Bar­clays Africa credit im­pair­ments spike

Chronicle (Zimbabwe) - - Business -

THE dire eco­nomic con­di­tions in South Africa, and in some parts of the bank­ing group’s African op­er­a­tions, re­flected in Bar­clays Africa Group’s re­sults when credit im­pair­ment losses rock­eted in the six months to June.

The credit im­pair­ments jumped 46 per­cent to R5.2bn, rais­ing Maria Ramos’s bank’s credit loss ra­tio to 1.29 per­cent, from just un­der one per­cent a year ear­lier.

But this mea­sure was amended in the pe­riod, said Bar­clays, “to use gross cus­tomer loans and loans to banks, rather than cus­tomer loans”.

This had the ef­fect of mak­ing the credit loss ra­tio look sig­nif­i­cantly bet­ter than it re­ally was on the old dis­clo­sure method. On that old mea­sure, the mea­sure would have surged to 1.48 per­cent from 1.11 per­cent.

It is retail cus­tomers, rather than cor­po­rates, that are more likely to de­fault in de­pressed eco­nomic en­vi­ron­ments.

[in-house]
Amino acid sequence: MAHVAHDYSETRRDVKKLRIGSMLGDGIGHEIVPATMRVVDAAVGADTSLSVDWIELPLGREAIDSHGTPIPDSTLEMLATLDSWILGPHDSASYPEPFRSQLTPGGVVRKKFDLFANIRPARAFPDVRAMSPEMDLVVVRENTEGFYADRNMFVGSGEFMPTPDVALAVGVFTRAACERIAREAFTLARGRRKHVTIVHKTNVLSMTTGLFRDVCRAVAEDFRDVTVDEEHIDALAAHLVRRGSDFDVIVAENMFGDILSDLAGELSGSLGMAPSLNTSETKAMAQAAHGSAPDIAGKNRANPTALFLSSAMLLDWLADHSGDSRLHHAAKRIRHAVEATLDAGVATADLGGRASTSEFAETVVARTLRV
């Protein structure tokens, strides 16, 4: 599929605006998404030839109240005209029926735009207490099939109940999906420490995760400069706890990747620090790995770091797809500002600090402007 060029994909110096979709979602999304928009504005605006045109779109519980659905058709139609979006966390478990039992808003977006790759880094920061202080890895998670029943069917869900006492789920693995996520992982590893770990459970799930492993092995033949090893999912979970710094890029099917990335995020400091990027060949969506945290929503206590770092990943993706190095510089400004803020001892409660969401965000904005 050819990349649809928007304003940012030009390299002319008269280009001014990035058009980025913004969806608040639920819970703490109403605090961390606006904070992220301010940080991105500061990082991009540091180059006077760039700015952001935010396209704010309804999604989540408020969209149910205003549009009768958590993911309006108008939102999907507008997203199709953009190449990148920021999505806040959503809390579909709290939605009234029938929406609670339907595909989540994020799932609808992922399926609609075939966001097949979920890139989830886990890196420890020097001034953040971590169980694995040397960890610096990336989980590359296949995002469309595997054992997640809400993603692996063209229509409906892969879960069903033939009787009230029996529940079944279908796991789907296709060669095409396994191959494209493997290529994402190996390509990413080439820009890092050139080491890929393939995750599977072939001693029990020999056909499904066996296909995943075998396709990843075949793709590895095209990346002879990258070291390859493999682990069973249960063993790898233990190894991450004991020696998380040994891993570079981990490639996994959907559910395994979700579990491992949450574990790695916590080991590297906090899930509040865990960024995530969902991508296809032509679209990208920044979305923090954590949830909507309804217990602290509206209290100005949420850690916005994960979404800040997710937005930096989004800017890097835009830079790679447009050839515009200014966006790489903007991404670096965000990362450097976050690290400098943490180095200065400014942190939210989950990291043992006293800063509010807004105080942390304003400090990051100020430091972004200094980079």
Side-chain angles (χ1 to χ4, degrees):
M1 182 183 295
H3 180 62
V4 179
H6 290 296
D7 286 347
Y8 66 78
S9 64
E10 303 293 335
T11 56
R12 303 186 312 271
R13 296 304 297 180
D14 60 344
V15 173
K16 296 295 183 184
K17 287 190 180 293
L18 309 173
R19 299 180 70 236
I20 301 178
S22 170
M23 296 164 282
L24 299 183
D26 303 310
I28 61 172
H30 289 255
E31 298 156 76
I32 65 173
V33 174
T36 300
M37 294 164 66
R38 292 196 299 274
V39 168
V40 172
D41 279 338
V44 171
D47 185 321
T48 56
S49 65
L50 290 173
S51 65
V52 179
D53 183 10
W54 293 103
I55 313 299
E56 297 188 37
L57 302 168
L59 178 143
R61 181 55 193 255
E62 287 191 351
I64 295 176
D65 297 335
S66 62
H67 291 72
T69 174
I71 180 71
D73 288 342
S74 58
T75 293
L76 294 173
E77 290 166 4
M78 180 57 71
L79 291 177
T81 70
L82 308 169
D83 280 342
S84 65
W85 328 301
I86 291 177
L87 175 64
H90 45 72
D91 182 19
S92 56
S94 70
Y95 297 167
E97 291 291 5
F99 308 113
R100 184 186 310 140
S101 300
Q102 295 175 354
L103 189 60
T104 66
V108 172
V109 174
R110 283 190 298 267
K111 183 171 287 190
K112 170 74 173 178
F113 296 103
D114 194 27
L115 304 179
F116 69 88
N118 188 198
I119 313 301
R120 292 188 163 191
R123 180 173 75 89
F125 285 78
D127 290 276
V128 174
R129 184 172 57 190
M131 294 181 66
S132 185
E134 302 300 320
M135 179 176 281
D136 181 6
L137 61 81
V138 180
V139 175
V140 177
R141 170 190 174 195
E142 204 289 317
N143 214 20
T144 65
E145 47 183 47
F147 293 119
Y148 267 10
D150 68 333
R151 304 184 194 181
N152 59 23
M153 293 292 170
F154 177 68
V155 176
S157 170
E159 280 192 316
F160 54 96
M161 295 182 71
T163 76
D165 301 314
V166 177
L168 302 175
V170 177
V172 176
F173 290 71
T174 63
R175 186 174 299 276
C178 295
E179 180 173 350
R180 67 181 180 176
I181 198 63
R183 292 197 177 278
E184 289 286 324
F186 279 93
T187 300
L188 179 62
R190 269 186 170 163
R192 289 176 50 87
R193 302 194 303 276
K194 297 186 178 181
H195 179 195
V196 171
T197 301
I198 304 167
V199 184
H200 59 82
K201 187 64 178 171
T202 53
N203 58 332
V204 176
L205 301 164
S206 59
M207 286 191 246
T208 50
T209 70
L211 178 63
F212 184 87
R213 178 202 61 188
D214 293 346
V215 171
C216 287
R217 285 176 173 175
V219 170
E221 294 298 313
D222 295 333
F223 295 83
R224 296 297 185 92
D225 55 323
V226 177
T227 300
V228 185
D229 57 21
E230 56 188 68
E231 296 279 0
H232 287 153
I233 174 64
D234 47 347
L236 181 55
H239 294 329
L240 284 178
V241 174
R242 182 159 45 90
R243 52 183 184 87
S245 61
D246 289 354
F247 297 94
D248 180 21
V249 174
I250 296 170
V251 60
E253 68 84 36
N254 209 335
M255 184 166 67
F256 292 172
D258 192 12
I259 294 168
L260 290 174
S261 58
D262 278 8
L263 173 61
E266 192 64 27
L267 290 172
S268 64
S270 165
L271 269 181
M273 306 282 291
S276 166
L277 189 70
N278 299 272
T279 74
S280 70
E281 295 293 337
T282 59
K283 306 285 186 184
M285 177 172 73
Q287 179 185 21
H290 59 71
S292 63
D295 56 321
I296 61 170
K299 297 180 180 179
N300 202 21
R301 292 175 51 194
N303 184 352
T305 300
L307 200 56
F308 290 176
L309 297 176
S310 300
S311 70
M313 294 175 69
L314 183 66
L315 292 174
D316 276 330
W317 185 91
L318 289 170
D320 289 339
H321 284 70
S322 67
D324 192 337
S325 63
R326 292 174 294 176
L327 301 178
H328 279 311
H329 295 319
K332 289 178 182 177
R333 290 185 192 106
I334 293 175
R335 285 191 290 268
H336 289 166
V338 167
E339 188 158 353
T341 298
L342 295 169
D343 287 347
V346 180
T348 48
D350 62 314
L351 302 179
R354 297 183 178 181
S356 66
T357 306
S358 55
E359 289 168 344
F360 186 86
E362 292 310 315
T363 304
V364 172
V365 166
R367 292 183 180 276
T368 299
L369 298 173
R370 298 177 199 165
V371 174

Among Bar­clays’ op­er­a­tions are mar­kets like Zim­babwe, Ghana, Nige­ria and Mozam­bique, which are all go­ing through vary­ing de­grees of eco­nomic trou­ble.

Af­ter de­clin­ing 0.36 per­cent in the first quar­ter, Nige­ria’s econ­omy — heav­ily re­liant on oil prices, which have dropped more than 70 per­cent over the past two years — will prob­a­bly shrink 1.8 per­cent this year, said the In­ter­na­tional Mon­e­tary Fund ear­lier in July.

Mozam­bique’s econ­omy is also in dif­fi­culty as in­ter­nal strife threat­ens to re­turn the coun­try to a civil war. Cash short­ages and a block­ade of im­ported goods will likely also tip Zim­babwe into a re­ces­sion this year.

Both the IMF and the South Africa Re­serve pre­dict SA will nar­rowly avoid a re­ces­sion this year.

e bank says non-per­form­ing loans in­creased 17 per­cent to R31.4bn, or 3.8 per­cent of gross loans and ad­vances. Most of the losses came from the SA unit. Per­haps as a sign of the tough eco­nomic con­di­tions, per­sonal loans credit im­pair­ments jumped 22 per­cent.

On the good side, head­line earn­ings from the rest of Africa jumped 33 per­cent, dwarf­ing the pedes­trian three per­cent growth in SA. — fi­nan­cial mail

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